Friday, May 11, 2012

Back Up The Antrim Road

I have recently finished Greil Marcus' short but extremely interesting 2010 overview of the music of Van Morrison which incorporates a cross-section of analysis of early Them tracks through to the classic live version of Caravan at The Band's The Last Waltz, an especially insightful commentary upon 1991's Take Me Back and on to The Healing Game album of 1997. 

Three tracks from Astral Weeks are also considered in detail - this standing as Morrison's classic reflection on time, space, loss, remembrance and closure and whose release at the commencement of the Ulster Troubles underscores the ethereal and haunted mood of introspection and insight grounded on the physical geography of a now fragmented Belfast City.

I mentioned some posts ago how the digital revolution has not only radically and irreversibly broken down the perameters of information and opinion dissemination - and particularly interview or lecture material from those regarded today as renegade political figures such as George Galloway or Nigel Farage - but has also opened unique pathways to fond or conversely pained remembrance of times past as alike the core underpinnings of Astral Weeks itself.

That dynamic certainly not having let up in the past week when I have come across the wonderful bubblegum soul of Liberia's finest The Soulful Dynamics and their Mademoiselle Ninette of 1970 through to the utterly extraordinary flamenco glam of Carmen's Bulerias as performed on David Bowie's 1973 The Midnight Special television feature. Carmen, along with Ireland's Horslips, being surely one of the most underrated groups in popular music history.

However nothing prepared me for discovering the Ulster Television start-up music from the Seventies and early Eighties and thus hearing The Antrim Road for the first time in perhaps three decades - a wonderful piece whose moods range from mischievous Celtic shadows to sweeping John Ford western panoramas.

This particular introduction is regarded as one of the finest of its ilk be to used across the Independent Television Authority at the time and commenced in 1971 when Northern Ireland society descended from chronic civil unrest to borderline civil war. The Antrim Road itself was the residential area where the Jewish community settled in the early to middle point of the last century - as noted in an earlier post - and was a very troubled and violent district in its urban stretches adjacent to Belfast city centre during the course of the conflict.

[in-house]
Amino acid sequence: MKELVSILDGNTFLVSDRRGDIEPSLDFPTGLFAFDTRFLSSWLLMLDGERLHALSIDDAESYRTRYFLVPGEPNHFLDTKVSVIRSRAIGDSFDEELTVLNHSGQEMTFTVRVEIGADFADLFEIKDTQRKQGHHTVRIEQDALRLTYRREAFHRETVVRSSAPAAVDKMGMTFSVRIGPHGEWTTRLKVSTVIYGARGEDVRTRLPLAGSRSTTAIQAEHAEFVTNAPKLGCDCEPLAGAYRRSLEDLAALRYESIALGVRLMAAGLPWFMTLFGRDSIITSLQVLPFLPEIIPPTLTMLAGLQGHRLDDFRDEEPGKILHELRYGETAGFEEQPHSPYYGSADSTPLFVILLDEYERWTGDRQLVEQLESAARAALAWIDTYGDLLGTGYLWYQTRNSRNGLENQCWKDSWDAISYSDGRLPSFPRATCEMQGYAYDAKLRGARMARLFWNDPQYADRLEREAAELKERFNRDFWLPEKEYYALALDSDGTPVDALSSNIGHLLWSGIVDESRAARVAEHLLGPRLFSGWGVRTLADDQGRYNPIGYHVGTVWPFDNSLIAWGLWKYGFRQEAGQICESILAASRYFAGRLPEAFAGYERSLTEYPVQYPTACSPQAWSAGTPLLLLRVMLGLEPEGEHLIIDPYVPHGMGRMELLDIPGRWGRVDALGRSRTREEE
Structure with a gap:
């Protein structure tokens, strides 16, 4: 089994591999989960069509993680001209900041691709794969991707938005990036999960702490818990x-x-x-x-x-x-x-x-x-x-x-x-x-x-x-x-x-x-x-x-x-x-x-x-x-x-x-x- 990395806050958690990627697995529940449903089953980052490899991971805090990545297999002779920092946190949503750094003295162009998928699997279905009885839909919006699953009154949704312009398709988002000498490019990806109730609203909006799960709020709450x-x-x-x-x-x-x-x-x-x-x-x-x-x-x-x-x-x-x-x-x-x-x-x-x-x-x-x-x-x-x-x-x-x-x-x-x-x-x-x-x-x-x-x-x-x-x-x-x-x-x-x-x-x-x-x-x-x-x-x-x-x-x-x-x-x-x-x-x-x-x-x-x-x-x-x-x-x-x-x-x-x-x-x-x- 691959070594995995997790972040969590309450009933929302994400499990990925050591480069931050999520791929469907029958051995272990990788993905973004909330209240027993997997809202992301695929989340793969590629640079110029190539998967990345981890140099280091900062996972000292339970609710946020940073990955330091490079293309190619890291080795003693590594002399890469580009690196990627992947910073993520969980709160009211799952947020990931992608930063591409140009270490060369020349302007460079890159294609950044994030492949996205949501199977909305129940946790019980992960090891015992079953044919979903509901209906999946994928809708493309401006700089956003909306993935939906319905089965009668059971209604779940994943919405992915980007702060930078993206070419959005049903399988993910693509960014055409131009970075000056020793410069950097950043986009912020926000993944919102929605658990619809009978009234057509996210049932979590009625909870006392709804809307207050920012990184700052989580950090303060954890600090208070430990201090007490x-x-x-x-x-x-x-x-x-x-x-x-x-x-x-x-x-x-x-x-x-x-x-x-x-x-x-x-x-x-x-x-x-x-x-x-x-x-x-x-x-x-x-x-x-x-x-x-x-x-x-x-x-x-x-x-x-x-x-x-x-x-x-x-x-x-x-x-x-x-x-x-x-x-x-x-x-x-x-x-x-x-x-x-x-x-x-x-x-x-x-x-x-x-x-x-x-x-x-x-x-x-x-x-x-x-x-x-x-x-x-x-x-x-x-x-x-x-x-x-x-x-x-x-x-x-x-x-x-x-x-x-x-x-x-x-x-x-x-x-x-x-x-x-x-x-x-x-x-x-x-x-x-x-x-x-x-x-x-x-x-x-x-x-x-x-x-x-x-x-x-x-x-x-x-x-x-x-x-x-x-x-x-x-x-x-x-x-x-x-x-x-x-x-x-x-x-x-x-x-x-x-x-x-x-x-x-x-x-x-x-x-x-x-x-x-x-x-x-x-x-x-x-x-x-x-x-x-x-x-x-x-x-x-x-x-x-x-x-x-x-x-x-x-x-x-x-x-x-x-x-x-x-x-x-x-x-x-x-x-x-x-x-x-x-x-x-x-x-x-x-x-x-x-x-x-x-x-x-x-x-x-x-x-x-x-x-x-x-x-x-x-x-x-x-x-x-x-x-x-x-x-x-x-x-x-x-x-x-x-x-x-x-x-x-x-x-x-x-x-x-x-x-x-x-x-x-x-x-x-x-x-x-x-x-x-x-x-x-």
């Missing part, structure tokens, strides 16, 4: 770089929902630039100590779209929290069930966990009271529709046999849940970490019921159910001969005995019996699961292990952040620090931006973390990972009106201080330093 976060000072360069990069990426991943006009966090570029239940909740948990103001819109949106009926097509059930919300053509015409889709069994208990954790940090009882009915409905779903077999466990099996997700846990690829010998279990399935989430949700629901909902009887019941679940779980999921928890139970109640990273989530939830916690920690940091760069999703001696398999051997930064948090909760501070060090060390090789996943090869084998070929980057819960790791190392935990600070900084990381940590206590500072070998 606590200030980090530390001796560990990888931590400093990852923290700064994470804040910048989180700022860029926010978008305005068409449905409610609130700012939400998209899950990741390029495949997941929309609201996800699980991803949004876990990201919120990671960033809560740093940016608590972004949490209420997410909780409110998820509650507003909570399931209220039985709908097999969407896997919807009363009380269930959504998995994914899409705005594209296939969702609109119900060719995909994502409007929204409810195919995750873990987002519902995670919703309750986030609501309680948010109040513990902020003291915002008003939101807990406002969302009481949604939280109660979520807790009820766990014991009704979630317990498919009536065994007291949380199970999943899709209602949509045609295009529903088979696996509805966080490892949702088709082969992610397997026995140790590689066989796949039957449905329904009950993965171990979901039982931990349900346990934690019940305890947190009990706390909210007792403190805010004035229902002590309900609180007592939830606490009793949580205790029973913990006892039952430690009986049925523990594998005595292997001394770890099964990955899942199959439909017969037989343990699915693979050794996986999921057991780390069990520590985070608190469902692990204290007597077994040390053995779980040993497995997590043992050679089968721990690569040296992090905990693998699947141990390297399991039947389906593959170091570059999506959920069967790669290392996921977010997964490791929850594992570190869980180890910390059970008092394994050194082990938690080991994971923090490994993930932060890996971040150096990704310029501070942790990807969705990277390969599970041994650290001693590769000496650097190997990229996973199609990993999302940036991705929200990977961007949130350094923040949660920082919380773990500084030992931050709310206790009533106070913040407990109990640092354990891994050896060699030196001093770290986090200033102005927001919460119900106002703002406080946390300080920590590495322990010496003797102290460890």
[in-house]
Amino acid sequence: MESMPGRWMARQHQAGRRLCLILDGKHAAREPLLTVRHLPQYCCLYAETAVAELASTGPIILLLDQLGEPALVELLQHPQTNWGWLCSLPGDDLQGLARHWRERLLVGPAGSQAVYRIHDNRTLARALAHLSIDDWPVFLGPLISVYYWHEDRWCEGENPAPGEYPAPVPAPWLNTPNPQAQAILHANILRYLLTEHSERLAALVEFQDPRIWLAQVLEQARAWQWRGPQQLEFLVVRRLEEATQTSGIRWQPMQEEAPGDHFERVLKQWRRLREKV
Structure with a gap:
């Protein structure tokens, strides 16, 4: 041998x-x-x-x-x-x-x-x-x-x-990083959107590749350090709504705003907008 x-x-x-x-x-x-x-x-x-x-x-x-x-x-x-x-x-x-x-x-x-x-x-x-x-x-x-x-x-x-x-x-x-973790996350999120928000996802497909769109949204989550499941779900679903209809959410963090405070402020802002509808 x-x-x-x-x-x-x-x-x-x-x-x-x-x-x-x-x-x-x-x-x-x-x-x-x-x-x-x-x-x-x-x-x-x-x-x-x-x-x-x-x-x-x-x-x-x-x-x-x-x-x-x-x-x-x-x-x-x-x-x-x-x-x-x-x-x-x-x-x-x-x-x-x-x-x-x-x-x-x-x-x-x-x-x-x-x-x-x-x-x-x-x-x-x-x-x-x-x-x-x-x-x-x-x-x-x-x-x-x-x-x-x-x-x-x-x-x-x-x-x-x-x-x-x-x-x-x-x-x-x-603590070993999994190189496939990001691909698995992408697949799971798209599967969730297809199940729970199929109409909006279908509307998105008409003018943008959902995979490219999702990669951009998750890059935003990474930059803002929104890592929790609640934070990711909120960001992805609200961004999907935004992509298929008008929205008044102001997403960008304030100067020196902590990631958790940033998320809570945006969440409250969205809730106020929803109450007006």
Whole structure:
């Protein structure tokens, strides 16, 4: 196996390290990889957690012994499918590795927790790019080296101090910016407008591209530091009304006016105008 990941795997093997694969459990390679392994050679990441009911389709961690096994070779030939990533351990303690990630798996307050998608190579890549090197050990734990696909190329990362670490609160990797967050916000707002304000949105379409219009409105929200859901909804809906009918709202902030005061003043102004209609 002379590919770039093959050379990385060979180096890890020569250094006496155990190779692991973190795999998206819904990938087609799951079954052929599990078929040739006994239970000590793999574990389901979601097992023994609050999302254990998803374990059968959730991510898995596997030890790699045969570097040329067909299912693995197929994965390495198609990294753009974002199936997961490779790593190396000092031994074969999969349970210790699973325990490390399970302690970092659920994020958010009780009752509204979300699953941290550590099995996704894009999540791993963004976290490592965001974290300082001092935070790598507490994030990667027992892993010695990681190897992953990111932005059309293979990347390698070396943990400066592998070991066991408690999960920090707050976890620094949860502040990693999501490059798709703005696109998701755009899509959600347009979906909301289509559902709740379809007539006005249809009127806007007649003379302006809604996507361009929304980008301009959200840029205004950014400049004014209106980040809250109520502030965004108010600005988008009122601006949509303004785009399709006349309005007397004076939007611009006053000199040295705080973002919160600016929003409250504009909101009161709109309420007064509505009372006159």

A fleeting two and a half minutes of mere commercial continuity music in esscence but yet something which immediately recalls both lost constructs of community and place alongside reflections of a people of humour, bravery and character.

Tuesday, May 8, 2012

All Are Heroes In The End


Another much-renowned son of the English county of  Kent, alongside the recently referenced Zen philosopher Alan Watts, was of course bank manager and Captain of the Walmington-on-Sea Local Defence Volunteers - George Mainwaring.

The BBC television series Dad's Army ran for 12 series between 1968 and 1977 with an accompanying radio series, stage show and feature film. Of the seven main actors associated with the programme, James Beck - who played the resident "spiv" Joe - died in 1973 at the age of only 44.

The film version of the series released in 1970 received mixed reviews though time has been kind to it in hindsight and, along with the Steptoe and Son movies, is probably one of the better film adaptations of classic British Sixties and Seventies television comedy.

The film of course is rich in pathos and in three particularly moving and well-recalled sequences in particular. The opening of the movie shows the gallant and defiant Home Guard platoon on England's southern shoreline - Union Flag in hand and ready for battle - being ridiculed by a watching Wehrmacht general on the Pas de Calais to the accompaniment of the Horst Wessel Lied. Meanwhile Mainwaring's expressed surety, during a sunset talk with Sgt Wilson, that the British will fight down to a last bullet of honour for each man is qualified by a lack of ammunition for such a Kentish Twilight of the Gods. At the conclusion of the film in turn the platoon are back to the cliff top again and listening suspiciously for some cunning Nazi cross-channel mining device which could signify an imminent invasion of British sovereign territory.